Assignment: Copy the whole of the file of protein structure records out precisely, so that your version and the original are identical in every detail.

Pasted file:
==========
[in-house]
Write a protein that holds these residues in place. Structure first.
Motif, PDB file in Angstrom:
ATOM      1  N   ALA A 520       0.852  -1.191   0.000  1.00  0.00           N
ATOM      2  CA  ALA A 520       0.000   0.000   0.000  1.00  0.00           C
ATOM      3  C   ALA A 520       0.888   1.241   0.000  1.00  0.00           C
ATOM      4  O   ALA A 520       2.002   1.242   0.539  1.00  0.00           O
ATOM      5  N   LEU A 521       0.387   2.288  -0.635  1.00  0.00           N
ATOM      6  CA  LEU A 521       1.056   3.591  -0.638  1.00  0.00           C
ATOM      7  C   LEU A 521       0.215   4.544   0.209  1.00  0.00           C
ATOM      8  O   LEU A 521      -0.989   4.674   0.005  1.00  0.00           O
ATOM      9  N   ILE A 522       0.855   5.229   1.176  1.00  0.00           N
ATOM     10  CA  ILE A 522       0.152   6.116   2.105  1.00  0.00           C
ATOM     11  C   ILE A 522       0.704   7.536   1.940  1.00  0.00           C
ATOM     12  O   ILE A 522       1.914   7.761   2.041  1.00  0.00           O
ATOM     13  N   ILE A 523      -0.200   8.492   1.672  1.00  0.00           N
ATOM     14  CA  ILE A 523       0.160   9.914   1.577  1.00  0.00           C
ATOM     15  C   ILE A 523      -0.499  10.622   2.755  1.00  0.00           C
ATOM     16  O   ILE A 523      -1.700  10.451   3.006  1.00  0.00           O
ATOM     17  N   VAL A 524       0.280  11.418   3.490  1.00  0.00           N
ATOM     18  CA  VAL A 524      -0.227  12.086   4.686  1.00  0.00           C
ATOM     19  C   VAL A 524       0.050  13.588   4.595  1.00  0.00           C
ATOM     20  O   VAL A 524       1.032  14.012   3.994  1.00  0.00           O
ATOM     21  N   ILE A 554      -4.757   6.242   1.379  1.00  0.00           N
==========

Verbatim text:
[in-house]
Write a protein that holds these residues in place. Structure first.
Motif, PDB file in Angstrom:
ATOM      1  N   ALA A 520       0.852  -1.191   0.000  1.00  0.00           N
ATOM      2  CA  ALA A 520       0.000   0.000   0.000  1.00  0.00           C
ATOM      3  C   ALA A 520       0.888   1.241   0.000  1.00  0.00           C
ATOM      4  O   ALA A 520       2.002   1.242   0.539  1.00  0.00           O
ATOM      5  N   LEU A 521       0.387   2.288  -0.635  1.00  0.00           N
ATOM      6  CA  LEU A 521       1.056   3.591  -0.638  1.00  0.00           C
ATOM      7  C   LEU A 521       0.215   4.544   0.209  1.00  0.00           C
ATOM      8  O   LEU A 521      -0.989   4.674   0.005  1.00  0.00           O
ATOM      9  N   ILE A 522       0.855   5.229   1.176  1.00  0.00           N
ATOM     10  CA  ILE A 522       0.152   6.116   2.105  1.00  0.00           C
ATOM     11  C   ILE A 522       0.704   7.536   1.940  1.00  0.00           C
ATOM     12  O   ILE A 522       1.914   7.761   2.041  1.00  0.00           O
ATOM     13  N   ILE A 523      -0.200   8.492   1.672  1.00  0.00           N
ATOM     14  CA  ILE A 523       0.160   9.914   1.577  1.00  0.00           C
ATOM     15  C   ILE A 523      -0.499  10.622   2.755  1.00  0.00           C
ATOM     16  O   ILE A 523      -1.700  10.451   3.006  1.00  0.00           O
ATOM     17  N   VAL A 524       0.280  11.418   3.490  1.00  0.00           N
ATOM     18  CA  VAL A 524      -0.227  12.086   4.686  1.00  0.00           C
ATOM     19  C   VAL A 524       0.050  13.588   4.595  1.00  0.00           C
ATOM     20  O   VAL A 524       1.032  14.012   3.994  1.00  0.00           O
ATOM     21  N   ILE A 554      -4.757   6.242   1.379  1.00  0.00           N